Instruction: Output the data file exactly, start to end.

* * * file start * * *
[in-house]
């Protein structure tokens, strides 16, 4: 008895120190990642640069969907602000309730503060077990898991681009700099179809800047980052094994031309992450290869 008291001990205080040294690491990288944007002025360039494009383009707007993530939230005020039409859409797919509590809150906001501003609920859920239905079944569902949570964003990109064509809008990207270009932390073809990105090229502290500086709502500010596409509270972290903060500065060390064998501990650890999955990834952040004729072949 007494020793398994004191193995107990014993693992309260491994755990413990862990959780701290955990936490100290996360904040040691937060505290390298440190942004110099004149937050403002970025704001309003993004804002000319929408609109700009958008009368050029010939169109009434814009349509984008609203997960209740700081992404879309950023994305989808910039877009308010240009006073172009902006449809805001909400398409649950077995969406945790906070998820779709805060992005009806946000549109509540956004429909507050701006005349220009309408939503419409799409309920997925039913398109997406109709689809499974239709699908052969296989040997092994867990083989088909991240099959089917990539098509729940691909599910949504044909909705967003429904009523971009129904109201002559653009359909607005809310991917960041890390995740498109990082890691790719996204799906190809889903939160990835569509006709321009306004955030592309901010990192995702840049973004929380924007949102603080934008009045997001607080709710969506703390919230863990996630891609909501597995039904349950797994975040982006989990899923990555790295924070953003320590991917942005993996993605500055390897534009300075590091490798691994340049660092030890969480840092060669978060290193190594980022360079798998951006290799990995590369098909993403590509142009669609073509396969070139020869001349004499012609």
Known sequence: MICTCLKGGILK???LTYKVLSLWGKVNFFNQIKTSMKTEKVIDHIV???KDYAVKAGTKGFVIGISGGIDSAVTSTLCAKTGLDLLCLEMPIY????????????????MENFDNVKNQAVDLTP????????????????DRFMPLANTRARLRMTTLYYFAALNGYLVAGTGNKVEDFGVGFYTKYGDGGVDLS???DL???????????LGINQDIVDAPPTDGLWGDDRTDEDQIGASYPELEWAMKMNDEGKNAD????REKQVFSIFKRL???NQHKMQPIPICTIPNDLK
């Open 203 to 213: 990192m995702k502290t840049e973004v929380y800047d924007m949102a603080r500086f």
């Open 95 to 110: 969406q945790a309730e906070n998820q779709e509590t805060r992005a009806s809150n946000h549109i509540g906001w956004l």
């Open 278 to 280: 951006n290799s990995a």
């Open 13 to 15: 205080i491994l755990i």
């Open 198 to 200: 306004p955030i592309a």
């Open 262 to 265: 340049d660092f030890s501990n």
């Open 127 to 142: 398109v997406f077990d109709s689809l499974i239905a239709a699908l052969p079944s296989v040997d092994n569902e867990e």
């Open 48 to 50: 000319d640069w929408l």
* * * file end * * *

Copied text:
[in-house]
């Protein structure tokens, strides 16, 4: 008895120190990642640069969907602000309730503060077990898991681009700099179809800047980052094994031309992450290869 008291001990205080040294690491990288944007002025360039494009383009707007993530939230005020039409859409797919509590809150906001501003609920859920239905079944569902949570964003990109064509809008990207270009932390073809990105090229502290500086709502500010596409509270972290903060500065060390064998501990650890999955990834952040004729072949 007494020793398994004191193995107990014993693992309260491994755990413990862990959780701290955990936490100290996360904040040691937060505290390298440190942004110099004149937050403002970025704001309003993004804002000319929408609109700009958008009368050029010939169109009434814009349509984008609203997960209740700081992404879309950023994305989808910039877009308010240009006073172009902006449809805001909400398409649950077995969406945790906070998820779709805060992005009806946000549109509540956004429909507050701006005349220009309408939503419409799409309920997925039913398109997406109709689809499974239709699908052969296989040997092994867990083989088909991240099959089917990539098509729940691909599910949504044909909705967003429904009523971009129904109201002559653009359909607005809310991917960041890390995740498109990082890691790719996204799906190809889903939160990835569509006709321009306004955030592309901010990192995702840049973004929380924007949102603080934008009045997001607080709710969506703390919230863990996630891609909501597995039904349950797994975040982006989990899923990555790295924070953003320590991917942005993996993605500055390897534009300075590091490798691994340049660092030890969480840092060669978060290193190594980022360079798998951006290799990995590369098909993403590509142009669609073509396969070139020869001349004499012609």
Known sequence: MICTCLKGGILK???LTYKVLSLWGKVNFFNQIKTSMKTEKVIDHIV???KDYAVKAGTKGFVIGISGGIDSAVTSTLCAKTGLDLLCLEMPIY????????????????MENFDNVKNQAVDLTP????????????????DRFMPLANTRARLRMTTLYYFAALNGYLVAGTGNKVEDFGVGFYTKYGDGGVDLS???DL???????????LGINQDIVDAPPTDGLWGDDRTDEDQIGASYPELEWAMKMNDEGKNAD????REKQVFSIFKRL???NQHKMQPIPICTIPNDLK
């Open 203 to 213: 990192m995702k502290t840049e973004v929380y800047d924007m949102a603080r500086f």
């Open 95 to 110: 969406q945790a309730e906070n998820q779709e509590t805060r992005a009806s809150n946000h549109i509540g906001w956004l």
């Open 278 to 280: 951006n290799s990995a």
């Open 13 to 15: 205080i491994l755990i």
């Open 198 to 200: 306004p955030i592309a």
């Open 262 to 265: 340049d660092f030890s501990n």
């Open 127 to 142: 398109v997406f077990d109709s689809l499974i239905a239709a699908l052969p079944s296989v040997d092994n569902e867990e």
């Open 48 to 50: 000319d640069w929408l």